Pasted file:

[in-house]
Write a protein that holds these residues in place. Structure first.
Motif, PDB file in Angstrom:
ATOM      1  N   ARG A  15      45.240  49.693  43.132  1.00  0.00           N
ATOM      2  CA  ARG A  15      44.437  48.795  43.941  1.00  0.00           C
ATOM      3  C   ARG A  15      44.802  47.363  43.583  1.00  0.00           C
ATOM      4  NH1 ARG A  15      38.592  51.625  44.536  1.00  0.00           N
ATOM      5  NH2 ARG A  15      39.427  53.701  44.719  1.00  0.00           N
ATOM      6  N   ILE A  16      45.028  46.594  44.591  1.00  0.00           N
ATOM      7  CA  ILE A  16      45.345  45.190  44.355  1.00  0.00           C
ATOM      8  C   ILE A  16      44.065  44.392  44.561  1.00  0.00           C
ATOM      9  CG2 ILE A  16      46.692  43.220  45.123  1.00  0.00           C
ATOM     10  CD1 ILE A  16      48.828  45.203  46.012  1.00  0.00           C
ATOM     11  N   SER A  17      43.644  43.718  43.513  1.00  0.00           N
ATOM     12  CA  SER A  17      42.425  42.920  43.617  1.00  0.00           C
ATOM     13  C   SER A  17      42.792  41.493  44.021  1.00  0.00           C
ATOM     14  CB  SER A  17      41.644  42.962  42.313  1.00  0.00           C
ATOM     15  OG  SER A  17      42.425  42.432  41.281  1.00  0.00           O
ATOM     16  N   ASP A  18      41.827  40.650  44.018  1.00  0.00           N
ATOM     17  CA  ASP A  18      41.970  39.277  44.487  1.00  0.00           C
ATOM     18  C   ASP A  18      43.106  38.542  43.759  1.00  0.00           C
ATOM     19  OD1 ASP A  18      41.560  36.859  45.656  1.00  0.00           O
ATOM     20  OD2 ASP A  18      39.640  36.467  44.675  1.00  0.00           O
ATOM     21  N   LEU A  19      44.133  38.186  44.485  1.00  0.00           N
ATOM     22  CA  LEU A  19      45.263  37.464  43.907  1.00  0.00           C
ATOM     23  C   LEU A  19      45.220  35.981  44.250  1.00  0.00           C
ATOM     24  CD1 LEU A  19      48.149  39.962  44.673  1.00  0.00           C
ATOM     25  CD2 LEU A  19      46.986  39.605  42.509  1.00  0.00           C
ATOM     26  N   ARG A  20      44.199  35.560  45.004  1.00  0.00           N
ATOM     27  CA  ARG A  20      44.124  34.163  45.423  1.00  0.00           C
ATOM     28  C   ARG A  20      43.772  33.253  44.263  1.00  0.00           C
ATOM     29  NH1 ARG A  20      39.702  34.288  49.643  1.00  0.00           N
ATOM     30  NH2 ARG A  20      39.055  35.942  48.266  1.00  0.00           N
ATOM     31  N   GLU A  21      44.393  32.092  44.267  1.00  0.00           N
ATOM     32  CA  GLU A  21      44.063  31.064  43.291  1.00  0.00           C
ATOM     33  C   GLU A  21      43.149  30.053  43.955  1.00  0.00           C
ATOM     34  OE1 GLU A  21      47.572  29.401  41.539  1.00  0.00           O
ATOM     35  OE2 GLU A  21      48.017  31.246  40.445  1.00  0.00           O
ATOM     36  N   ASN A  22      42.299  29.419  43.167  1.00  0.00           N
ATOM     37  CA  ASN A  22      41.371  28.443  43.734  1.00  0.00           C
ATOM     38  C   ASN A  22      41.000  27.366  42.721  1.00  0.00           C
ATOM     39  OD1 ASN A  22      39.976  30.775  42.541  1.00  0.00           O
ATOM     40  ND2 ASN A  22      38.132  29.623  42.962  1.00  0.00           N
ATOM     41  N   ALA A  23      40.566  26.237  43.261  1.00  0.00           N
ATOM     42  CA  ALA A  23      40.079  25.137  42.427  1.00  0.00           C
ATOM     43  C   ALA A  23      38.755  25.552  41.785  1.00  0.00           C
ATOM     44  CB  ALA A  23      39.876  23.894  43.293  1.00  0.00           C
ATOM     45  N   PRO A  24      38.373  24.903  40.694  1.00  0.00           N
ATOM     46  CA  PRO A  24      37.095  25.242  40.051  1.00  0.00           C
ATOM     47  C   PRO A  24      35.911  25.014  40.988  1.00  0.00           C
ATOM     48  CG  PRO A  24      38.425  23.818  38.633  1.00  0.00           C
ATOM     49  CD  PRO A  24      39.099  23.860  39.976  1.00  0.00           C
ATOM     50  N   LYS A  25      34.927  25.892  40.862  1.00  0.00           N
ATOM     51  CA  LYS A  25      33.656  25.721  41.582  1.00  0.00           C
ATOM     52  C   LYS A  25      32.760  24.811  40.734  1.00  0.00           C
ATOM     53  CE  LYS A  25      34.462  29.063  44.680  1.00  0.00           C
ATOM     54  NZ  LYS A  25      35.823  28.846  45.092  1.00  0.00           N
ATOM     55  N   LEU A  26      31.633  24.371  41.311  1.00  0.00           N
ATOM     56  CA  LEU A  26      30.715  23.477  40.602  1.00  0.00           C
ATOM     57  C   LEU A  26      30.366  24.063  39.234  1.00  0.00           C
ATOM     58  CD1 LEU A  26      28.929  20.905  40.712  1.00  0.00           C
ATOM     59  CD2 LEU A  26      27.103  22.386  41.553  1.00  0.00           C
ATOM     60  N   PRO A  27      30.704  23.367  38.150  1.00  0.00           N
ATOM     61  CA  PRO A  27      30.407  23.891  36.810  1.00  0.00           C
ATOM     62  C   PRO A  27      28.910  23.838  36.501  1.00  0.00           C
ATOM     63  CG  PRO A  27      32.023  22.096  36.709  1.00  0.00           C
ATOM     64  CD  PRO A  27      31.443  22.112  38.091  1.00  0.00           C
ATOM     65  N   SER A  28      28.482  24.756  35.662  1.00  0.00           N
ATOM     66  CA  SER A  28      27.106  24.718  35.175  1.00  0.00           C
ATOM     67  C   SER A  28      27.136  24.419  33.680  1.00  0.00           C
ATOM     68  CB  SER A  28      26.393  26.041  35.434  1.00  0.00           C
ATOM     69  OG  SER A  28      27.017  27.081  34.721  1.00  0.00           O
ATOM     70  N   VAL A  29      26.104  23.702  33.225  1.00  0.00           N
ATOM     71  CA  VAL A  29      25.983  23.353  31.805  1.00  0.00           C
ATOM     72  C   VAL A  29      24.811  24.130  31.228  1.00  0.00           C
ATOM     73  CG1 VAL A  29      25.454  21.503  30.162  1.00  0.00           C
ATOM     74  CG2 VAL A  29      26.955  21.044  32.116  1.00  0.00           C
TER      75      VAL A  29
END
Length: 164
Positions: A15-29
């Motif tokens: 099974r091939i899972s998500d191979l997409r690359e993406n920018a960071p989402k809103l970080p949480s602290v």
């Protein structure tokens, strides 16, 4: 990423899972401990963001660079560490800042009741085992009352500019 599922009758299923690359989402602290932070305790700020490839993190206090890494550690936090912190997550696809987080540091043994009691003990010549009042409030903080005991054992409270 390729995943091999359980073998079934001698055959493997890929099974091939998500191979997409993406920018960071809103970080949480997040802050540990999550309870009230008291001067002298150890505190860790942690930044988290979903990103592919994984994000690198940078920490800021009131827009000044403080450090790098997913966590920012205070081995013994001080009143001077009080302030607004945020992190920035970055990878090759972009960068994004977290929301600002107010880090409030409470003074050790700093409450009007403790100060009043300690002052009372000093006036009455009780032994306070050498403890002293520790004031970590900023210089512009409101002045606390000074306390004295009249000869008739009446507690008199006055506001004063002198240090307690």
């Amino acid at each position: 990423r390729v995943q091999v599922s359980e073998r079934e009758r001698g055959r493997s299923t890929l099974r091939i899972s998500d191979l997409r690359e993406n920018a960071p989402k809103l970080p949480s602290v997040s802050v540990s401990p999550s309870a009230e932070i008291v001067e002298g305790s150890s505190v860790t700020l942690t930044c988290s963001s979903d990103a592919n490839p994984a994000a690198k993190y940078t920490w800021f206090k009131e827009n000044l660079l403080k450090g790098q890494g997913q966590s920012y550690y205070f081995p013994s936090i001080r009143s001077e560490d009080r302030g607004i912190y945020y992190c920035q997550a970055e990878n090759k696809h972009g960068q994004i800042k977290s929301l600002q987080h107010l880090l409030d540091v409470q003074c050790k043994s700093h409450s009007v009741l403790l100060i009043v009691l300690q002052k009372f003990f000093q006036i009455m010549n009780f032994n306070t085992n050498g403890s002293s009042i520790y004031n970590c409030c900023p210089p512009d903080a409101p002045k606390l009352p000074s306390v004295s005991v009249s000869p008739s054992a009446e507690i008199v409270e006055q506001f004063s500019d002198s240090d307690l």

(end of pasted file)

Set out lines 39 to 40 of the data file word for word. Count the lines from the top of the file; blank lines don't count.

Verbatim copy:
ATOM     36  N   ASN A  22      42.299  29.419  43.167  1.00  0.00           N
ATOM     37  CA  ASN A  22      41.371  28.443  43.734  1.00  0.00           C